Sponsored by: Archaeological Institute of America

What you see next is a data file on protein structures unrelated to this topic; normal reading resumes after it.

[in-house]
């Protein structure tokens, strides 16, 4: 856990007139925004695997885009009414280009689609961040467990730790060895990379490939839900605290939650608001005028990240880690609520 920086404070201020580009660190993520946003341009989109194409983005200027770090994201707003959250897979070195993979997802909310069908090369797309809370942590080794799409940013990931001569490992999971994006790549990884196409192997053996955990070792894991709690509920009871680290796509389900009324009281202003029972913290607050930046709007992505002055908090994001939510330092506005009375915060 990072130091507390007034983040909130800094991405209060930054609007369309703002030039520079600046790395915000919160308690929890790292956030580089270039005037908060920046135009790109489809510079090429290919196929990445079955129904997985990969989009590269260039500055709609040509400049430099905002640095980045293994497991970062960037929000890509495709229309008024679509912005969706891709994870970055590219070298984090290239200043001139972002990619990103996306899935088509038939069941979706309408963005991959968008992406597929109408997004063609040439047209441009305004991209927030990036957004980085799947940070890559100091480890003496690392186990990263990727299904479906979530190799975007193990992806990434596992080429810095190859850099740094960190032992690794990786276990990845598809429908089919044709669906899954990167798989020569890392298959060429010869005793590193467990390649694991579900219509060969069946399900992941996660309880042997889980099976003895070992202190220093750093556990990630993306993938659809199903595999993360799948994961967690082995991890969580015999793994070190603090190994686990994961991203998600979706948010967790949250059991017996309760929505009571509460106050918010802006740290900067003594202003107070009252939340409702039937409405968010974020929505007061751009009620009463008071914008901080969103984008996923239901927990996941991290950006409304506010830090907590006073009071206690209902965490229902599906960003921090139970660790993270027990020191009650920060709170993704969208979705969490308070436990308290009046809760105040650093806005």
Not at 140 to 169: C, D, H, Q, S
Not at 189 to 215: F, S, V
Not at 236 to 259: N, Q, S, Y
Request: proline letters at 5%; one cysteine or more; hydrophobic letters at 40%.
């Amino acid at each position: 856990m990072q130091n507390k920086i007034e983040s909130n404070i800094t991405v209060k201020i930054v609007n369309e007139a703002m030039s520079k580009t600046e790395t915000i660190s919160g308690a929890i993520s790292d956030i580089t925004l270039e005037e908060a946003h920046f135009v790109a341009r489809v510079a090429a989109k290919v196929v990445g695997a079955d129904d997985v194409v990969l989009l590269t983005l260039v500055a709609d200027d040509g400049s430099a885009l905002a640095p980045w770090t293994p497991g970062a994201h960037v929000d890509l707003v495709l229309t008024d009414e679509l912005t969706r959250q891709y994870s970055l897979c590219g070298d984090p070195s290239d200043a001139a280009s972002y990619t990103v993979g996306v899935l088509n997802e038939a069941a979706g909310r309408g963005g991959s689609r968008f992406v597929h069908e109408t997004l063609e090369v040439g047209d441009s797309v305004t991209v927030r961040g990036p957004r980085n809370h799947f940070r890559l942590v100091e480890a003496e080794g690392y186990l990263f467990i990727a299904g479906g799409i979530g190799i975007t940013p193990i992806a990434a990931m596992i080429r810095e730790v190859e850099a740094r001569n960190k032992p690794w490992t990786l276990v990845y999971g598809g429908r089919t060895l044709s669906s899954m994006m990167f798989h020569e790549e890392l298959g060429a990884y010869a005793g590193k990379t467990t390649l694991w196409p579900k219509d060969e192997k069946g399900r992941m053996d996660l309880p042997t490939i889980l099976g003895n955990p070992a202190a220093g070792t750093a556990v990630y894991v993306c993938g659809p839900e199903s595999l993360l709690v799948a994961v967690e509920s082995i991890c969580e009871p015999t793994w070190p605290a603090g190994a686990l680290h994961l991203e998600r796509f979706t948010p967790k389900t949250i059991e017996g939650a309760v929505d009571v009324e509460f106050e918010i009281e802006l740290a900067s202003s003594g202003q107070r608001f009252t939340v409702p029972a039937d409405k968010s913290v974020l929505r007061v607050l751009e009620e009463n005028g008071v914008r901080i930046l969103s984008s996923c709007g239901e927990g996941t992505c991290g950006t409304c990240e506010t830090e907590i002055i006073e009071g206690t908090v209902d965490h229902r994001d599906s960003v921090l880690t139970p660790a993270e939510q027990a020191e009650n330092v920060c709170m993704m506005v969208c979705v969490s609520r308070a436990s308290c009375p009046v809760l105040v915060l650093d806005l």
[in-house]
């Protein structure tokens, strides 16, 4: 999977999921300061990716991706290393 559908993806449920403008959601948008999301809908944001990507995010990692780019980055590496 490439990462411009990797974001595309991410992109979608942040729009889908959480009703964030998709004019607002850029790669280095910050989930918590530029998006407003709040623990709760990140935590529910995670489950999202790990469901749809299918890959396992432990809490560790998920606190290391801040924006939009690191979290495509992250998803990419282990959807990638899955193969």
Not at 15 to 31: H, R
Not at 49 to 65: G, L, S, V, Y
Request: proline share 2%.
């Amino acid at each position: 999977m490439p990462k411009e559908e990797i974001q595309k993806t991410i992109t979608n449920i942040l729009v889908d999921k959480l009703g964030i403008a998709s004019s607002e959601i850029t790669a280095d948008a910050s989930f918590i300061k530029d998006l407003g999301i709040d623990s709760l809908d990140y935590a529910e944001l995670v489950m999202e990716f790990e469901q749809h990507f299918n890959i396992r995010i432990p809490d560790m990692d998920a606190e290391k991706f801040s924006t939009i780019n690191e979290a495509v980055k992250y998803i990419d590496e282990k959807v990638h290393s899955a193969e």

From neopagans to feminists, many today think of Isis as a goddess of and for women. Given that Isis was a patron of childbirth and marriage, two activities closely associated with women in antiquity, this assumption is not entirely off the mark. Women also appear frequently in artistic depictions of the Isis cult, from wall paintings at Pompeii to gravestones in Athens. But women were largely excluded from priesthoods and other positions of power and were marginalized further through cult regulations. How, then, can we understand women’s experiences of Isis? In this talk, I bring together literary, epigraphic, and artistic evidence to examine the roles of women and femininity in Egyptian cults during the Hellenistic and Roman periods. I begin with a brief overview of the cults and their expansion throughout the Mediterranean. Next, I turn to a series of hymns used to worship Isis in this period that describe Isis’ character and powers, most of which emphasize her role as a patron of key aspects of women’s lives. While inscriptions from sanctuaries demonstrate how rarely women held positions of power, some women still found ways to impact Isiac communities through building projects and other benefactions. I then turn to visual media like painting and sculpture, where Isiac women appear frequently, either in the midst of performing rites or dressed in costumes that connect them closely with Isis. I argue that these images use women as symbols of the cults’ more unusual aspects, in keeping with negative descriptions of Isis devotees in Latin literature. This evidence paints a complex and dynamic portrait of the female experience of Egyptian religion, which relied on women to communicate its ideals, including exoticism and difference, to a broad audience while denying them power and status.